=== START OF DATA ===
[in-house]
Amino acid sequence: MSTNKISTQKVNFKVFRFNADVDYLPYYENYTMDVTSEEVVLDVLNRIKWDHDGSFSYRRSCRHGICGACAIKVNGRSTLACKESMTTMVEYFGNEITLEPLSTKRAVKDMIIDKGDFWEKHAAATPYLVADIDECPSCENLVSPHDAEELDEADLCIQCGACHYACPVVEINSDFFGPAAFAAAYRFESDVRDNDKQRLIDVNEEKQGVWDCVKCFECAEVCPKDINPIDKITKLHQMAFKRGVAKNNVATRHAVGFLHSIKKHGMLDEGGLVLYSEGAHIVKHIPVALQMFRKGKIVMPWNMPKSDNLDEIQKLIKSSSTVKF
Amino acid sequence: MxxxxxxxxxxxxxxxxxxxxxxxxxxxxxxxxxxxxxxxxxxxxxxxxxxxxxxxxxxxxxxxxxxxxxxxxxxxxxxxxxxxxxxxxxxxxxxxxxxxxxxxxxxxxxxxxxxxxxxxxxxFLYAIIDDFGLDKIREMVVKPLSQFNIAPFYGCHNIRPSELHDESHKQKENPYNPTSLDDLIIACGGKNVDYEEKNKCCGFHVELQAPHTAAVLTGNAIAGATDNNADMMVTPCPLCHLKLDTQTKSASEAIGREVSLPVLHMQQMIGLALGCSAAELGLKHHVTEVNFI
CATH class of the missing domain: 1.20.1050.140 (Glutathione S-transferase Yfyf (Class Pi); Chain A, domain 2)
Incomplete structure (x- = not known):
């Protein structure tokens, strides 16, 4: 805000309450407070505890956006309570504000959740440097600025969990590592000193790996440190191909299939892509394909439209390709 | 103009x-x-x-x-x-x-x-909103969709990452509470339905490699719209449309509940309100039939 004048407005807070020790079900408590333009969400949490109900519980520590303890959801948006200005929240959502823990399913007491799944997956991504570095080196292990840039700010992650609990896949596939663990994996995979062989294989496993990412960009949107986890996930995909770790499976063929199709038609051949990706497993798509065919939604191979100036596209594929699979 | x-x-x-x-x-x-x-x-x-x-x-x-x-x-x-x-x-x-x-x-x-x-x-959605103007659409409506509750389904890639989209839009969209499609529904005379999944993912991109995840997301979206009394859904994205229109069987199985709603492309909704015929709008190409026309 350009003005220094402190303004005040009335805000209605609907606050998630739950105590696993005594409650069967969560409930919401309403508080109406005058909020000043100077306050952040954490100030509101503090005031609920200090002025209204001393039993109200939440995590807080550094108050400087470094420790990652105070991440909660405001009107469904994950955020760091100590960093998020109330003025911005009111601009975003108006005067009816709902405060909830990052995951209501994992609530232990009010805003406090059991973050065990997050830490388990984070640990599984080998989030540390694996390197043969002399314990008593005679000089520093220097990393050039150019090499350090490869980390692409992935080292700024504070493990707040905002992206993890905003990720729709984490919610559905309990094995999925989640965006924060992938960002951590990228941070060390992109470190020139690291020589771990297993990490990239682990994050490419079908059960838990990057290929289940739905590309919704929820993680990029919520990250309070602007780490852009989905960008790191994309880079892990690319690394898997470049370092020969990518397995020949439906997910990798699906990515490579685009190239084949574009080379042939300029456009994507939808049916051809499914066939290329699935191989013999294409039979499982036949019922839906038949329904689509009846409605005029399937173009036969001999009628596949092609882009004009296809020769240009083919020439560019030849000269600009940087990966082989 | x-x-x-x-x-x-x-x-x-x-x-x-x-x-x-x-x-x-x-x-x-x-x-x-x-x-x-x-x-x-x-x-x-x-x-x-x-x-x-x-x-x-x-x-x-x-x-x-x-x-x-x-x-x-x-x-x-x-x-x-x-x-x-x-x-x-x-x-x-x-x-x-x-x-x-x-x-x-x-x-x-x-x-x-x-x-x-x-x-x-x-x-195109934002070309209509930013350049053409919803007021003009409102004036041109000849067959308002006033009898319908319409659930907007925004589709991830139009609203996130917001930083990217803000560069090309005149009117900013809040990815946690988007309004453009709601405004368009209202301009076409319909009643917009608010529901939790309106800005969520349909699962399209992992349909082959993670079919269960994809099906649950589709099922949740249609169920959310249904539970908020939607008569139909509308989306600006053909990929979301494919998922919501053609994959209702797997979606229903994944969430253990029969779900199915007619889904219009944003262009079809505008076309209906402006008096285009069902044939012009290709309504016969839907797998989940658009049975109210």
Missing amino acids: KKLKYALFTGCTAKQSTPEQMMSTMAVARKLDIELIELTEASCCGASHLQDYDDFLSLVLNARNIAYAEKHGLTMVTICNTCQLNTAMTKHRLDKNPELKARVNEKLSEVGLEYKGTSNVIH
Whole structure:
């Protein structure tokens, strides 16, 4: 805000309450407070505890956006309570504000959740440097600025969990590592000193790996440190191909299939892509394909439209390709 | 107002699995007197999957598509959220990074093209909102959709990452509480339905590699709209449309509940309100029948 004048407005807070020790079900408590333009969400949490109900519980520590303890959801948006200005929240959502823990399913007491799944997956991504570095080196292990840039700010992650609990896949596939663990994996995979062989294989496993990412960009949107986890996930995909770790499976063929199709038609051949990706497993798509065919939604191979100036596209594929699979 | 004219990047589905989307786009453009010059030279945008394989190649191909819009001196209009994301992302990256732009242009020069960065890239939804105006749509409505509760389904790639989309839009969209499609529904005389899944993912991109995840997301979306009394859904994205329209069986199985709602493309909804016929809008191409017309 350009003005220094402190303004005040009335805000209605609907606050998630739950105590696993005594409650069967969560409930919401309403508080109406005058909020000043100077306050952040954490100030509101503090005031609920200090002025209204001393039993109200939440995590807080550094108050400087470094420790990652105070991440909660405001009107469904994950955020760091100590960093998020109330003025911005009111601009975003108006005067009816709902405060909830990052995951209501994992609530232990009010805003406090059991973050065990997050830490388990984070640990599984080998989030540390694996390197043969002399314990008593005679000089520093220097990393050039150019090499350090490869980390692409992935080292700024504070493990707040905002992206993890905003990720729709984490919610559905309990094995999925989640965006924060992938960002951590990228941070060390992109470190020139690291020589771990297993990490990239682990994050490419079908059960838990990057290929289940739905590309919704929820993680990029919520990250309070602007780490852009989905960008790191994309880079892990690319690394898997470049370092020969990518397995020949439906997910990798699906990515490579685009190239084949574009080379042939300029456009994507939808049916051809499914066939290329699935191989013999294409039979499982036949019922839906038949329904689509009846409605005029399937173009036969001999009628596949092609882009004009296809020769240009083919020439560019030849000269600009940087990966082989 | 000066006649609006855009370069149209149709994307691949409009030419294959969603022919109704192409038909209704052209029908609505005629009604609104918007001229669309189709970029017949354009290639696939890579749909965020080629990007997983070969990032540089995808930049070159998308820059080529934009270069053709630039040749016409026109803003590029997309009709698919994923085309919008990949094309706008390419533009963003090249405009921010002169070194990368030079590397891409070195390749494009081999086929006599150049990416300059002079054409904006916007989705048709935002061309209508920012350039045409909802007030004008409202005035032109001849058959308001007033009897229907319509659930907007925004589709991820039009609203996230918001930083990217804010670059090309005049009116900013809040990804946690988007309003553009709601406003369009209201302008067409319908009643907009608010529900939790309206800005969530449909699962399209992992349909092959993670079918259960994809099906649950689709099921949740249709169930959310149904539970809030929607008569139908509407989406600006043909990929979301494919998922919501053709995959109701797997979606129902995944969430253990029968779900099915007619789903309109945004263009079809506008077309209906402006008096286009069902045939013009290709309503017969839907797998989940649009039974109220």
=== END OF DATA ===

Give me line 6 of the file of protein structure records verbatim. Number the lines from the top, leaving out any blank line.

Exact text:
């Protein structure tokens, strides 16, 4: 805000309450407070505890956006309570504000959740440097600025969990590592000193790996440190191909299939892509394909439209390709 | 103009x-x-x-x-x-x-x-909103969709990452509470339905490699719209449309509940309100039939 004048407005807070020790079900408590333009969400949490109900519980520590303890959801948006200005929240959502823990399913007491799944997956991504570095080196292990840039700010992650609990896949596939663990994996995979062989294989496993990412960009949107986890996930995909770790499976063929199709038609051949990706497993798509065919939604191979100036596209594929699979 | x-x-x-x-x-x-x-x-x-x-x-x-x-x-x-x-x-x-x-x-x-x-x-959605103007659409409506509750389904890639989209839009969209499609529904005379999944993912991109995840997301979206009394859904994205229109069987199985709603492309909704015929709008190409026309 350009003005220094402190303004005040009335805000209605609907606050998630739950105590696993005594409650069967969560409930919401309403508080109406005058909020000043100077306050952040954490100030509101503090005031609920200090002025209204001393039993109200939440995590807080550094108050400087470094420790990652105070991440909660405001009107469904994950955020760091100590960093998020109330003025911005009111601009975003108006005067009816709902405060909830990052995951209501994992609530232990009010805003406090059991973050065990997050830490388990984070640990599984080998989030540390694996390197043969002399314990008593005679000089520093220097990393050039150019090499350090490869980390692409992935080292700024504070493990707040905002992206993890905003990720729709984490919610559905309990094995999925989640965006924060992938960002951590990228941070060390992109470190020139690291020589771990297993990490990239682990994050490419079908059960838990990057290929289940739905590309919704929820993680990029919520990250309070602007780490852009989905960008790191994309880079892990690319690394898997470049370092020969990518397995020949439906997910990798699906990515490579685009190239084949574009080379042939300029456009994507939808049916051809499914066939290329699935191989013999294409039979499982036949019922839906038949329904689509009846409605005029399937173009036969001999009628596949092609882009004009296809020769240009083919020439560019030849000269600009940087990966082989 | x-x-x-x-x-x-x-x-x-x-x-x-x-x-x-x-x-x-x-x-x-x-x-x-x-x-x-x-x-x-x-x-x-x-x-x-x-x-x-x-x-x-x-x-x-x-x-x-x-x-x-x-x-x-x-x-x-x-x-x-x-x-x-x-x-x-x-x-x-x-x-x-x-x-x-x-x-x-x-x-x-x-x-x-x-x-x-x-x-x-x-x-195109934002070309209509930013350049053409919803007021003009409102004036041109000849067959308002006033009898319908319409659930907007925004589709991830139009609203996130917001930083990217803000560069090309005149009117900013809040990815946690988007309004453009709601405004368009209202301009076409319909009643917009608010529901939790309106800005969520349909699962399209992992349909082959993670079919269960994809099906649950589709099922949740249609169920959310249904539970908020939607008569139909509308989306600006053909990929979301494919998922919501053609994959209702797997979606229903994944969430253990029969779900199915007619889904219009944003262009079809505008076309209906402006008096285009069902044939012009290709309504016969839907797998989940658009049975109210």